WTI Extends Gains After Across-The-Board Inventory Draws

Oil prices extended gains overnight off the back of API inventory data and a drop in Libya production

“I expect draws in crude stockpiles, but not as big as we’ve seen in the last few weeks,” says Mark L Waggoner, president at commodity brokerage Excel Futures.

“Refinery run rates will be ramping up a bit because we’re still in the middle of summer and driving season”

API

  • Crude -6.024mm (-2.75mm exp)

  • Cushing -1.449mm

  • Gasoline -3.135mm

  • Distillates -890k

DOE

  • Crude -8.50mm (-3.25mm exp)

  • Cushing -1.533mm

  • Gasoline -1.791mm

  • Distillates -894k

Crude inventories have fallen - significantly - for seven straight weeks, but last week saw stocks dropping across the entire energy complex as Barry-driven shut-ins came back online.

This streak pushes US Crude inventories to their lowest since Nov 2018...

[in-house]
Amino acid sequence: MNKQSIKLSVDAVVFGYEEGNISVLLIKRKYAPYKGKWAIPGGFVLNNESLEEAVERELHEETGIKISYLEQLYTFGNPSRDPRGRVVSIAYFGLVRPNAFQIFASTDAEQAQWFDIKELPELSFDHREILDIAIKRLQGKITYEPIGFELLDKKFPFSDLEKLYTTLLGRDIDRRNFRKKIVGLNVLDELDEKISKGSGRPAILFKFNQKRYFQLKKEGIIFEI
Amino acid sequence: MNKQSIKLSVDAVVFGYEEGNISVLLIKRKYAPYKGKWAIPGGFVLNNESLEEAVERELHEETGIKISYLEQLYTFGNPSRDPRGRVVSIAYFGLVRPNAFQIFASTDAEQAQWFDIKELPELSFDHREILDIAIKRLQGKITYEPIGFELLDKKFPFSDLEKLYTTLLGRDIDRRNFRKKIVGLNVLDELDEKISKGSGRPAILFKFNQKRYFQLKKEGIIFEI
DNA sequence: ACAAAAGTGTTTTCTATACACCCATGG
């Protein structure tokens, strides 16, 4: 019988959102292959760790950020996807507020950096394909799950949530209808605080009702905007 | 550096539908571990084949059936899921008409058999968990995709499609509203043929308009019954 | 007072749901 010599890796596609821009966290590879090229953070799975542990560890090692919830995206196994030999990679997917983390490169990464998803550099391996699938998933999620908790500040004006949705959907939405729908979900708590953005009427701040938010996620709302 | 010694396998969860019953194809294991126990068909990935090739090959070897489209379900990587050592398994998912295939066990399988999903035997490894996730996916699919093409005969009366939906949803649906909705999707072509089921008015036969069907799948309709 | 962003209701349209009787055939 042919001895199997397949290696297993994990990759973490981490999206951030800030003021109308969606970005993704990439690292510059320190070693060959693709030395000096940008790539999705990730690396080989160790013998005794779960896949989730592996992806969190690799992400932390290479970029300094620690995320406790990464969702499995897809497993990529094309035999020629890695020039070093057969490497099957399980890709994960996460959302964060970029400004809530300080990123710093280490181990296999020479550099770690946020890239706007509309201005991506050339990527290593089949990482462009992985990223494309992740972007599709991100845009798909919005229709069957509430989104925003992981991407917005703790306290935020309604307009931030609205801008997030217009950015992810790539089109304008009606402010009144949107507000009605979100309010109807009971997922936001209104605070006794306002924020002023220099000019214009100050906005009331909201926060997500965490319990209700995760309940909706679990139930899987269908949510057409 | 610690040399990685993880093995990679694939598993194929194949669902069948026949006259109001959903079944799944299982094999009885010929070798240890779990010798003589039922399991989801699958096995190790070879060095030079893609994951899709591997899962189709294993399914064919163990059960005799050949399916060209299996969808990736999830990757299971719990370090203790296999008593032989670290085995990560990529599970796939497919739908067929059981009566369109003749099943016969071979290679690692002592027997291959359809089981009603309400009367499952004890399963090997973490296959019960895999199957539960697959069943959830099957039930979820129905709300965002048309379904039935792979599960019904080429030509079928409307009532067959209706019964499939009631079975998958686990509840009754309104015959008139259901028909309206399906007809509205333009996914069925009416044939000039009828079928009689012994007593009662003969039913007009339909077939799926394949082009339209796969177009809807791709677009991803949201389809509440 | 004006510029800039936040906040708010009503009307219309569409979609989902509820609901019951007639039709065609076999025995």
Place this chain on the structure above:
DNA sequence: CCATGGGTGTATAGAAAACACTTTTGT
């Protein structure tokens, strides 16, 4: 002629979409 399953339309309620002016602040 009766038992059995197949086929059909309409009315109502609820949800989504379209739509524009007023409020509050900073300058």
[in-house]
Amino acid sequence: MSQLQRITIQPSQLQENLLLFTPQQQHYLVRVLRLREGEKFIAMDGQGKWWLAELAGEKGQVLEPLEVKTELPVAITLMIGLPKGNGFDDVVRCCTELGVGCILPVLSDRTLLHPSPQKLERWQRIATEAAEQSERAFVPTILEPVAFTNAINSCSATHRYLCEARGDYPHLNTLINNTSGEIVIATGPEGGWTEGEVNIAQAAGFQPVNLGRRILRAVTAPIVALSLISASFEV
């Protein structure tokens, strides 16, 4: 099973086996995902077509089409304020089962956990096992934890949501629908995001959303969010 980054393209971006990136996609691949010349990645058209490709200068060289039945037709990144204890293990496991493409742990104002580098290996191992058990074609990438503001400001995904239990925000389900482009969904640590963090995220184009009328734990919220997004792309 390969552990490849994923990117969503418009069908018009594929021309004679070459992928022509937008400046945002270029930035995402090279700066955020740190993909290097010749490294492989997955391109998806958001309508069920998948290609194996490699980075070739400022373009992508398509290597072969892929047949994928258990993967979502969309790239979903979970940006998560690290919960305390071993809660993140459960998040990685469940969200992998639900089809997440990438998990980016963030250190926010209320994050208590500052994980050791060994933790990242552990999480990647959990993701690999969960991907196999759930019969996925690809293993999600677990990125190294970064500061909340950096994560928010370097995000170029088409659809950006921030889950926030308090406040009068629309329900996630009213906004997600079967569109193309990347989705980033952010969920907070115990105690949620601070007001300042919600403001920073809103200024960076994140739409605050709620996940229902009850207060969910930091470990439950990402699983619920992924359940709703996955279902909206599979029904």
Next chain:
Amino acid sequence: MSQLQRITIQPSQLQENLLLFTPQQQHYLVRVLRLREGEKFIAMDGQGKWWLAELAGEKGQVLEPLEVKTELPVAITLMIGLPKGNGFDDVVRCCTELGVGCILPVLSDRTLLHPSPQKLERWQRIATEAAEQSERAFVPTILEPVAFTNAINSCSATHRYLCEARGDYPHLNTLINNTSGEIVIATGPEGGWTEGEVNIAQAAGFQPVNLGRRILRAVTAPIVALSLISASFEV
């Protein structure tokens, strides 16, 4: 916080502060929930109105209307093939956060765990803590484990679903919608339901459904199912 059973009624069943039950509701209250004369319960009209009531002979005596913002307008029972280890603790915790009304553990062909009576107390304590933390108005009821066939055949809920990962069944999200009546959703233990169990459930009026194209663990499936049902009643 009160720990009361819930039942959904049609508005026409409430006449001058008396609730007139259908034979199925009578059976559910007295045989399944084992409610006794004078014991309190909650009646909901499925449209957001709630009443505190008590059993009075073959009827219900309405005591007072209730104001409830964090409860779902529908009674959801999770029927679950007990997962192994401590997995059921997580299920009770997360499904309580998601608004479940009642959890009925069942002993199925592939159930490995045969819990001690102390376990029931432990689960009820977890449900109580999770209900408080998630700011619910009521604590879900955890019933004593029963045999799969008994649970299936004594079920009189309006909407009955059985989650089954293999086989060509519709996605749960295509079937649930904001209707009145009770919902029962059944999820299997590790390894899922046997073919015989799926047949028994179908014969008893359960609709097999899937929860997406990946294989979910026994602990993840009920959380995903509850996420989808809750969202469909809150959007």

After the prior week's collapse in crude production (thanks to Storm Barry shut-ins), production rebounded as expected...

WTI hovered around $58.50 ahead of the DOE print and extended gains after the big draws...

Finally, Bloomberg Intelligence Senior Energy Analyst Vince Piazza says:

It's surprising how well supported oil benchmarks are, considering much of the bullishness is engineered by tensions in the Persian Gulf and risk of bottlenecks in the Strait of Hormuz and despite resilient U.S. output volume.

Weaker petroleum demand is the overriding issue, yet recent refined product data seems to discount that concern, while expectations for interest-rate cuts supporting risk assets have reemerged as an investment narrative. Infrastructure additions expected in 2H should also support benchmarks.